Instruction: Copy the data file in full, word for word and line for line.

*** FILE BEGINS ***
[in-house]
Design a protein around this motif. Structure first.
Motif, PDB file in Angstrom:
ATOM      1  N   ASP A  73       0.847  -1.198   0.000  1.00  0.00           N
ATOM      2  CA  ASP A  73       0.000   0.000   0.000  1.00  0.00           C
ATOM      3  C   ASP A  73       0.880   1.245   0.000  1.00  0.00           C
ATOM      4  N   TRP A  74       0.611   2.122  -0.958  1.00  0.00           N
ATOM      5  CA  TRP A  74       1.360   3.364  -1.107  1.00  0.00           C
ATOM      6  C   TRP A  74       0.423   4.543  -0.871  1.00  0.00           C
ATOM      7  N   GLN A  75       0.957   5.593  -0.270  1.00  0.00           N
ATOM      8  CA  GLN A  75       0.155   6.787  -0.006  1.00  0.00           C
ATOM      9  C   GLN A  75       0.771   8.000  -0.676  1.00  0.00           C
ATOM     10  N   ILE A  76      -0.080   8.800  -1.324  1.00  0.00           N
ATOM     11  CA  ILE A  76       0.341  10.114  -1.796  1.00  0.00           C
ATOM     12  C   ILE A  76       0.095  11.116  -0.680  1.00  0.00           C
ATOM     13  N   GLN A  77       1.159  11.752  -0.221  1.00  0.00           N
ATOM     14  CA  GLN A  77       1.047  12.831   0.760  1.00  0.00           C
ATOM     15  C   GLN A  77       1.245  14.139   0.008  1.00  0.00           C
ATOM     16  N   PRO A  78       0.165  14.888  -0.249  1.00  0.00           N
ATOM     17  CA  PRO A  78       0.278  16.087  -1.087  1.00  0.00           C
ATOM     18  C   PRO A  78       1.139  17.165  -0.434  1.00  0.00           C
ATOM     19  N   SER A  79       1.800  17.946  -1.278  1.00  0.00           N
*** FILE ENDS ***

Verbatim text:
[in-house]
Design a protein around this motif. Structure first.
Motif, PDB file in Angstrom:
ATOM      1  N   ASP A  73       0.847  -1.198   0.000  1.00  0.00           N
ATOM      2  CA  ASP A  73       0.000   0.000   0.000  1.00  0.00           C
ATOM      3  C   ASP A  73       0.880   1.245   0.000  1.00  0.00           C
ATOM      4  N   TRP A  74       0.611   2.122  -0.958  1.00  0.00           N
ATOM      5  CA  TRP A  74       1.360   3.364  -1.107  1.00  0.00           C
ATOM      6  C   TRP A  74       0.423   4.543  -0.871  1.00  0.00           C
ATOM      7  N   GLN A  75       0.957   5.593  -0.270  1.00  0.00           N
ATOM      8  CA  GLN A  75       0.155   6.787  -0.006  1.00  0.00           C
ATOM      9  C   GLN A  75       0.771   8.000  -0.676  1.00  0.00           C
ATOM     10  N   ILE A  76      -0.080   8.800  -1.324  1.00  0.00           N
ATOM     11  CA  ILE A  76       0.341  10.114  -1.796  1.00  0.00           C
ATOM     12  C   ILE A  76       0.095  11.116  -0.680  1.00  0.00           C
ATOM     13  N   GLN A  77       1.159  11.752  -0.221  1.00  0.00           N
ATOM     14  CA  GLN A  77       1.047  12.831   0.760  1.00  0.00           C
ATOM     15  C   GLN A  77       1.245  14.139   0.008  1.00  0.00           C
ATOM     16  N   PRO A  78       0.165  14.888  -0.249  1.00  0.00           N
ATOM     17  CA  PRO A  78       0.278  16.087  -1.087  1.00  0.00           C
ATOM     18  C   PRO A  78       1.139  17.165  -0.434  1.00  0.00           C
ATOM     19  N   SER A  79       1.800  17.946  -1.278  1.00  0.00           N